Third Sunday of Lent Exodus 7:3-7; Romans 5:1-22, 5-8; John 4:5-42
IN THE SCRIPTURES, water and thirst are images describing our journey to God. For all of us there is a thirst that only God can satisfy. Without God we grow stale and weary. Like the deer that yearns for running streams, so we long for God (cf. Psalms 42 & 63).
Today's readings set before us a thirst which remains unsatisfied until we are rooted in the presence of God. Within us all there is a craving, an unquenched thirst Such a longing can seek satisfaction in the passing moment, or it can lead us into the presence of Christ The woman of Samaria encountered Christ as the living water at Jacob's well. We encountered the same Christ in the waters of our baptism. The Spirit moving within us enables us to identify the superficialities which can never satisfy our thirst. That same Spirit opens our eyes to Christ offered as the living water. During Lent we become one with the Samaritan woman, asking afresh that Christ become our inner spring, welling up to eternal life.
The Exodus reading reflects our own experience against the backdrop of Israel's history. The call from slavery to freedom announced by Moses had been embraced with great enthusiasm. The deprivations of the journey proved less palatable. Although they had escaped from Egypt this people were far from free. They were the prisoners of the gnawing thirst. They demanded water forgetful of God's generosity. God had freed the spirit of a nation. Rather than giving thanks they complained. Nothing confines and degrades the human spirit more than the destructive murmuring to which we so easily descend. God's graciousness proved greater than the grumbling of his people. At the command of Moses water flowed from the rock, the grace of God breaking into a wilderness of self pity. The incident would always be remembered as an act of selfish rebellion (cf 1 Cor 10: lff).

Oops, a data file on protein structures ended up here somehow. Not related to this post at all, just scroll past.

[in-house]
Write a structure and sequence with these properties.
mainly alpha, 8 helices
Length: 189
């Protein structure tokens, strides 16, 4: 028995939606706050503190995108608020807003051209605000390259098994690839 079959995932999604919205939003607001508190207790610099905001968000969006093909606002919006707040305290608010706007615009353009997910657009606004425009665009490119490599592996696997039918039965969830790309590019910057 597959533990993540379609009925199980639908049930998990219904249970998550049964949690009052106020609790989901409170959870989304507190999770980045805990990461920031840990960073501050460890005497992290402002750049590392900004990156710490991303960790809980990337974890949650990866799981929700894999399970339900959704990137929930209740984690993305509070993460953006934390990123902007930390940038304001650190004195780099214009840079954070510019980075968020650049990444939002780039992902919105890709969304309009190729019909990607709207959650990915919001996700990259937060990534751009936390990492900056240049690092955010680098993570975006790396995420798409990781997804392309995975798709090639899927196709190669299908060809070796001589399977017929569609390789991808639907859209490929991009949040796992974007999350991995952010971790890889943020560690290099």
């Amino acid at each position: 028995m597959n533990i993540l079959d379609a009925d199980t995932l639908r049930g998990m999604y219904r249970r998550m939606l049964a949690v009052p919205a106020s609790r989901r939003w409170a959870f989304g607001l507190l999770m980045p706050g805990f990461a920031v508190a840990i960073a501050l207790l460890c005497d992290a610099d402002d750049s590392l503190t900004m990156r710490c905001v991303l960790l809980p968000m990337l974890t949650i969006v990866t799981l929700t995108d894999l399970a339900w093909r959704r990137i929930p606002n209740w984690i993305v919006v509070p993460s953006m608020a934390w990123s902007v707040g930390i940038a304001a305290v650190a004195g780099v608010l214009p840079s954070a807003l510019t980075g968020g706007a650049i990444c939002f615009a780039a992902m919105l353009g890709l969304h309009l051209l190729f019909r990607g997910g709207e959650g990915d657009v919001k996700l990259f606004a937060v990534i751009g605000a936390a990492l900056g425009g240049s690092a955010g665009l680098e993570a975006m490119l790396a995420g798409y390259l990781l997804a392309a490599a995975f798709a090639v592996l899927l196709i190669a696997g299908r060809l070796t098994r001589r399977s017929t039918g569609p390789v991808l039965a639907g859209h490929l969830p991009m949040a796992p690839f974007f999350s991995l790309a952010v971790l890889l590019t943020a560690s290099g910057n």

In St John's Gospel Christ is the living water. His presence creates new life in the wasteland of sinful hearts. "Whoever drinks this water will never be thirsty again: the water that I shall give will turn into a spring inside him, welling up to eternal life." The Samaritan woman to whom these words were spoken lived on the margins of society, shunned both for her background and the looseness of her life. As Christ speaks to her, he speaks to a sinful world. He addresses the burden of guilt and insecurity which relegates us to the margins of God's presence. He shares the thirst of broken lives and leads us to Himself.
Having encountered the presence of God in Christ, the Samaritan woman was anxious not to lose it. Her Samaritan background sought God's presence on Mount Gerizim, whereas the Jews turned to the temple of Jerusalem. She was asking the most basic question. Where is God to be found? The answer for her and us lies within ourselves. In Christ the Spirit of God so touches our being that already we are in communion with God.
"..the hour is coming in fact it is already here when true worshippers will worship the Father in Spirit and in truth."